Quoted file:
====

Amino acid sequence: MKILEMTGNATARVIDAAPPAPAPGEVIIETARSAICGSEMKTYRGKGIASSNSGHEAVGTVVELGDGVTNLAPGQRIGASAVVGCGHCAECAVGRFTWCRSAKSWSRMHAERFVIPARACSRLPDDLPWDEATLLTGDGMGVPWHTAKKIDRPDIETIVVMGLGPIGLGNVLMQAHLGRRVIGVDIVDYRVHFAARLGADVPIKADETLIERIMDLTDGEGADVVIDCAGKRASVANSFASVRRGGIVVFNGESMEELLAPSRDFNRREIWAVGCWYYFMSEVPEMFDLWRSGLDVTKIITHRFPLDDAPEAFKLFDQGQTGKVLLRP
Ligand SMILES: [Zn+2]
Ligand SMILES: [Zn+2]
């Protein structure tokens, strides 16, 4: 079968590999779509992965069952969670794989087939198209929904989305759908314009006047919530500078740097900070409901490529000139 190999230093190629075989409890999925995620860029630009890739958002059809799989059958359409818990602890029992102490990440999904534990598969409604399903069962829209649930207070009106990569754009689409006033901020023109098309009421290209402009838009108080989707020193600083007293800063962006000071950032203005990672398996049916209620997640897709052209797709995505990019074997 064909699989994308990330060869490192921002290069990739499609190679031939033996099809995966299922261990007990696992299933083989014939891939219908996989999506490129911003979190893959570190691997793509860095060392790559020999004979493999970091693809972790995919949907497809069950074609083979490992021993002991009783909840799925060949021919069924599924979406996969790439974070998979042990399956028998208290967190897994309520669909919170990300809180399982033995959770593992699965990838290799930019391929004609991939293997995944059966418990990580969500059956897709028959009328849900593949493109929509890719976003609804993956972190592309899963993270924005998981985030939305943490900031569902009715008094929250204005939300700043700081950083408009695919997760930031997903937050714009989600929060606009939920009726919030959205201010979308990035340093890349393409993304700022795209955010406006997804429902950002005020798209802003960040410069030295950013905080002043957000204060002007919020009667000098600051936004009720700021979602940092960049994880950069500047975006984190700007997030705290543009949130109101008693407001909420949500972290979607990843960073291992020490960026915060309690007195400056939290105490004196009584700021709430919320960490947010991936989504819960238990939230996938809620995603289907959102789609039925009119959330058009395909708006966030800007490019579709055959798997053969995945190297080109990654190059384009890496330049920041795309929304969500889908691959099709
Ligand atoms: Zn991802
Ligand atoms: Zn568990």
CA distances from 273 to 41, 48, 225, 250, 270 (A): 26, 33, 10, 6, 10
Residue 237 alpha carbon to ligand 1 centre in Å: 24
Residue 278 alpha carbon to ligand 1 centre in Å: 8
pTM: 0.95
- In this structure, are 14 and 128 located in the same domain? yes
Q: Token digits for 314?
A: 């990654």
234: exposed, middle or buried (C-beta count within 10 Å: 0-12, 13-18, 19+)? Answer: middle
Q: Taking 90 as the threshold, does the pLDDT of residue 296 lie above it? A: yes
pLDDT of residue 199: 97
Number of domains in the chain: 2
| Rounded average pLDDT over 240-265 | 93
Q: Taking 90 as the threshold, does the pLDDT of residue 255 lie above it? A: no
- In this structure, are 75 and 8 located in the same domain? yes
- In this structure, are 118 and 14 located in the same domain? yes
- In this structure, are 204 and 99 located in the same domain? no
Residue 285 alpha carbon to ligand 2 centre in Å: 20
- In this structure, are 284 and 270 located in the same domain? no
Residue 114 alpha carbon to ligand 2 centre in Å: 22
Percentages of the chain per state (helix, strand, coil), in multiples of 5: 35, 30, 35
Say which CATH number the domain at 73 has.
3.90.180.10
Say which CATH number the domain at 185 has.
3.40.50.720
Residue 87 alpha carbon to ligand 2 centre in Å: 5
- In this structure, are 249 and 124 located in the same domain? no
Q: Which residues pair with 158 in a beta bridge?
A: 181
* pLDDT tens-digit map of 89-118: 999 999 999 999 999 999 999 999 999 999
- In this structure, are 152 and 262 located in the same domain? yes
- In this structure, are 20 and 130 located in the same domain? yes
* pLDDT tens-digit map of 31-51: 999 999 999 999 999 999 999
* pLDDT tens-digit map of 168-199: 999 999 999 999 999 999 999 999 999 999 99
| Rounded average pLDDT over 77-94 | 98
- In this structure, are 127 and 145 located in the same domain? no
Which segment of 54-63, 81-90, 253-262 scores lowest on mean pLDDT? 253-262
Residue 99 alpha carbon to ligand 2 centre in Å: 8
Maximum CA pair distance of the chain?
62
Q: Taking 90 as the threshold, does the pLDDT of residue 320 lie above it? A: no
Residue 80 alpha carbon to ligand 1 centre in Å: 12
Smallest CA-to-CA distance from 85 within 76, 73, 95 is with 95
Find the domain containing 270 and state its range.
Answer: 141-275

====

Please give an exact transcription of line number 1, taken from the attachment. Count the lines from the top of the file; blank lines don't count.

Amino acid sequence: MKILEMTGNATARVIDAAPPAPAPGEVIIETARSAICGSEMKTYRGKGIASSNSGHEAVGTVVELGDGVTNLAPGQRIGASAVVGCGHCAECAVGRFTWCRSAKSWSRMHAERFVIPARACSRLPDDLPWDEATLLTGDGMGVPWHTAKKIDRPDIETIVVMGLGPIGLGNVLMQAHLGRRVIGVDIVDYRVHFAARLGADVPIKADETLIERIMDLTDGEGADVVIDCAGKRASVANSFASVRRGGIVVFNGESMEELLAPSRDFNRREIWAVGCWYYFMSEVPEMFDLWRSGLDVTKIITHRFPLDDAPEAFKLFDQGQTGKVLLRP